The bureau also revised its TOR to include new members and decided to create an expert working group to draft the roadmap for short, medium and long-term steps and milestones towards the joint implementation of a research and innovation partnership (flagship) between the EU and Africa, in the first priority area of cooperation, “food and nutrition security and sustainable agriculture”. To this end, current members of the bureau from the African side are: Burkina Faso, Congo, Nigeria, Burundi, Namibia Algeria and South Africa. Experts were selected from both Europe and Africa, supported by members of the Bureau to draft the roadmap for the EU-Africa partnership on research and innovation, with an initial focus on food and nutrition security and sustainable agriculture, including water. The team met from 6-8 October 2014, in Addis Ababa, to advance the finalization of the document.


African Union Science and Technology Framework for detection, Identification and monitoring of Infectious Diseases of Humans, Animals and Plants in Africa

The AUIDS endorsed by decision EX.CL/Dec.746(XXII) was developed with a key component,which is the African Union Network of Infectious Diseases Surveillance (AUNIDS). The AUNIDS is a virtual instrument to support the implementation of the African Centre of Disease Control and Prevention (ACDCP). The current Ebola Virus Disease outbreak has demonstrated once more the need for the existence of such a Network.

The establishment of the AUNIDS is currently underway despite the serious funding challenges facing the STRC. The STRC received a positive response from Algeria, Egypt, Ethiopia, Ghana and Mali. These Member States were able to nominate their NatCIDS and a draft legal agreement was sent out for final clearance by the AU Legal Counsel.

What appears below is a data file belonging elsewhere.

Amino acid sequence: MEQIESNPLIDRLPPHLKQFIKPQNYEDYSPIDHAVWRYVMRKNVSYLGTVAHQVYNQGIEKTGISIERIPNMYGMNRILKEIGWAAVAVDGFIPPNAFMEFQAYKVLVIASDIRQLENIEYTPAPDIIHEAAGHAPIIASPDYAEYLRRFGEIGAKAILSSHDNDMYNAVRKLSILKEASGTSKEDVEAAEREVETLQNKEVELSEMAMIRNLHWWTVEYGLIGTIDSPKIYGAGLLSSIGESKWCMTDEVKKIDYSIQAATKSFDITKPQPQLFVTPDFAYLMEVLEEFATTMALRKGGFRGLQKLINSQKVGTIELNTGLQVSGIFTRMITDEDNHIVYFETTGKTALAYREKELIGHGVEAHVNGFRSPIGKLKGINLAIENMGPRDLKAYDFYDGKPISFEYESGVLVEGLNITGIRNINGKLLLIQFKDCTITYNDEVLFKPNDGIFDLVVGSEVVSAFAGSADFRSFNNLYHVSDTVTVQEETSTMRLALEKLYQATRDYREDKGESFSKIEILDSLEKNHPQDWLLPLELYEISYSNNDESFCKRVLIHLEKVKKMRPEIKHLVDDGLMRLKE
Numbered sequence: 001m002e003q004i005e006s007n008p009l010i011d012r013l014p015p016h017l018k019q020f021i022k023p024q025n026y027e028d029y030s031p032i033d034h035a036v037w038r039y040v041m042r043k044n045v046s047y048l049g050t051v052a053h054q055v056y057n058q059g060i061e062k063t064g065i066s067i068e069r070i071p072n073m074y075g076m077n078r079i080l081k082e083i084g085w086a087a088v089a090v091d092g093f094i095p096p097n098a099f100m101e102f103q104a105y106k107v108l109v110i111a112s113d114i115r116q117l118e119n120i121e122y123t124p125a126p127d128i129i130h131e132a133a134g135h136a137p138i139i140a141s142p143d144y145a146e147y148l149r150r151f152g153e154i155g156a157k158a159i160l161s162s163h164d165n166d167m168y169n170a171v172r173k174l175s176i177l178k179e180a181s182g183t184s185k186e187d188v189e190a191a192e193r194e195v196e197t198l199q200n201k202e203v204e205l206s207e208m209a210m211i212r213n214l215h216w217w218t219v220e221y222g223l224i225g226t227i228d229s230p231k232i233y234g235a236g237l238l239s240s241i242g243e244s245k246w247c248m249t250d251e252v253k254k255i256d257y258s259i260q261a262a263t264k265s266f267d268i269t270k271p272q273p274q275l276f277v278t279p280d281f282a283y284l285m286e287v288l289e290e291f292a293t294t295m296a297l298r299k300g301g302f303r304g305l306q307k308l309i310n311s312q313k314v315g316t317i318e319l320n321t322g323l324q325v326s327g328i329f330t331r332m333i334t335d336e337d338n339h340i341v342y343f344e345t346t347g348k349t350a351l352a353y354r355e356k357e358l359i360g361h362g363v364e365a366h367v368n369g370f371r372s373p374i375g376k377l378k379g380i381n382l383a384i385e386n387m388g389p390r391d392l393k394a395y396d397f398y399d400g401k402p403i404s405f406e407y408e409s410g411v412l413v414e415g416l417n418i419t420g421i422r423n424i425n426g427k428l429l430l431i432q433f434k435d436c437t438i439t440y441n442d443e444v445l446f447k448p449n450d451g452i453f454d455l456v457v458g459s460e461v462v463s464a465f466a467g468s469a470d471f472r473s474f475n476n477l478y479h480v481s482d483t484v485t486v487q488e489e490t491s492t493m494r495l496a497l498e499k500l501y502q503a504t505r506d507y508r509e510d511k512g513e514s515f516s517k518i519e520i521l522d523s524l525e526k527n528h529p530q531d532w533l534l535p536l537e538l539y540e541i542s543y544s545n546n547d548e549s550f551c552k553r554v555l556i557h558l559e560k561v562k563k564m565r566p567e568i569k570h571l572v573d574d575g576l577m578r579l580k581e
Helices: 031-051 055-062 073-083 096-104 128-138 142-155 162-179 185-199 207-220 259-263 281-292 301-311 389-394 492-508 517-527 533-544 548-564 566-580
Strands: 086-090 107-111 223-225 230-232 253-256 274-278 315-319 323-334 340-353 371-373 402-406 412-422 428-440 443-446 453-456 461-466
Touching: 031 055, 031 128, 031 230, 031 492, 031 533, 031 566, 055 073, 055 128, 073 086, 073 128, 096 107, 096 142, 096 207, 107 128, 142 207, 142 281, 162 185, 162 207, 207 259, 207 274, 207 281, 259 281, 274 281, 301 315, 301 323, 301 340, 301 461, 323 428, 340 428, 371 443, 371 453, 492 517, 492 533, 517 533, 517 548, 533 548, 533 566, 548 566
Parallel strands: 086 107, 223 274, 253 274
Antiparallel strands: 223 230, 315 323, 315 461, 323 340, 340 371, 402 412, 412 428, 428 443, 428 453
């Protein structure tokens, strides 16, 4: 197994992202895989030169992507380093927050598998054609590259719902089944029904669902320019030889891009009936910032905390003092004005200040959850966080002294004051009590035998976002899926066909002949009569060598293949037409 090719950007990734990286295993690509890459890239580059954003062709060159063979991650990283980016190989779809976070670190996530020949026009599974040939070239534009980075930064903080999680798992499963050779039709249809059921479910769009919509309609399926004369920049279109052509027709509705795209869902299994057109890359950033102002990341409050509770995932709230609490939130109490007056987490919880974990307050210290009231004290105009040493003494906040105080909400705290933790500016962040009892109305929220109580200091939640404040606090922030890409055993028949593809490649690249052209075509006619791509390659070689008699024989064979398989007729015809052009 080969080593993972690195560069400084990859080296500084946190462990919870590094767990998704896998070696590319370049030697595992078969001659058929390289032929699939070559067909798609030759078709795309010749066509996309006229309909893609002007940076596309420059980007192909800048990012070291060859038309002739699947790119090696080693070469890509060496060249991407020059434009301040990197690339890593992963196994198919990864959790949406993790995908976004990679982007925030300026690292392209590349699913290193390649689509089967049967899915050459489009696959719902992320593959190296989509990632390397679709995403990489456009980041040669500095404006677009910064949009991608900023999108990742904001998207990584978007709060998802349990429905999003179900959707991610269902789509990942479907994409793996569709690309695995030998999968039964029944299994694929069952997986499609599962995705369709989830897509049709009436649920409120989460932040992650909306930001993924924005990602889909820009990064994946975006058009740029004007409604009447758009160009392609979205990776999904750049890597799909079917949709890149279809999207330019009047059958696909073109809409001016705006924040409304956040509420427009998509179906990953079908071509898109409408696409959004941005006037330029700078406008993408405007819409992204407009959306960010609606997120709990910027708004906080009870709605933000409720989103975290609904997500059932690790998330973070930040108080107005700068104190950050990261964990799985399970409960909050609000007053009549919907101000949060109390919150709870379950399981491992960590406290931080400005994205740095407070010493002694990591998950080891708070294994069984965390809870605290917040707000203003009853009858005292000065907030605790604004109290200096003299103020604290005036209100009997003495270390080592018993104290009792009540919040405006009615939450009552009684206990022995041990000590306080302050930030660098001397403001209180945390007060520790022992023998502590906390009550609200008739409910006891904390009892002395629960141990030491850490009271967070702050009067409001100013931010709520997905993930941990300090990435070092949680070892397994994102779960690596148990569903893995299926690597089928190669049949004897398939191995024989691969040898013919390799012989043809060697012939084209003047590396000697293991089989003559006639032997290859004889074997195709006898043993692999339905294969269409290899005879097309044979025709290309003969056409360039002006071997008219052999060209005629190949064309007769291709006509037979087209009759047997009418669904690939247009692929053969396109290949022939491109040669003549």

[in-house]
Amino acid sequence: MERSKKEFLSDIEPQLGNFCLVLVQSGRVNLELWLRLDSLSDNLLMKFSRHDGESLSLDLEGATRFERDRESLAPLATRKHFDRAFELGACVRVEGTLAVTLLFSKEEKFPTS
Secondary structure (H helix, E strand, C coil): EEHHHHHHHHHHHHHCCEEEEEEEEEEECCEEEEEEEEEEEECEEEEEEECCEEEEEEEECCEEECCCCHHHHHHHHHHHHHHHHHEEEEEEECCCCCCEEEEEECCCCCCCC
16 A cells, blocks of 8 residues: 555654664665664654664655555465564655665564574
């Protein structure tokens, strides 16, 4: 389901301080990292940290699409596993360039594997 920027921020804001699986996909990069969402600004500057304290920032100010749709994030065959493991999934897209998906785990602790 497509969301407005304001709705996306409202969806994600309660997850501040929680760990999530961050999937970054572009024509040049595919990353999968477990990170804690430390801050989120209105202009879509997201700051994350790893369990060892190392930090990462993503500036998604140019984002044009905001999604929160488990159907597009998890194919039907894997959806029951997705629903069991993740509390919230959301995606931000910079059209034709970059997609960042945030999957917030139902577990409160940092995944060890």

On the other hand, consultations with RECs are ongoing to identify their Regional centers. The East African Community (EAC) nominated the Integrated Disease Surveillance Network as the regional hub (RCIDS) for the AUNIDS which was endorsed by the ECA Council of Ministers inOctober, 2014. Furthermore, the ECA Ministers concluded their meeting by calling upon Member States (5 Member States) to nominate their NatCIDs and to communicate to the STRC as soon as possible, for the functionalization of the AUNIDS.

The STRC has identified and partnered with one African collaborative Network (Southern African Centre for Infectious Diseases Surveillance, SACIDS) and one European partner network (Connecting Organizations for Regional Disease Surveillance on the Ebola Virus Disease outbreak). This led to a workshop on lessons learned from past Ebola outbreaks to inform current risk management. The main outcome is the ongoing development of the Intensified Preparedness Programme (IPP) on building capacity in communication and community work to better manage the Ebola outbreak initiative, with the following activities:
• Capacity building training of trainers in affected and not yet affected countries;
• Provision of online material to learn about this capacity building approach; and
• Executive briefings to advise risk management and risk communication.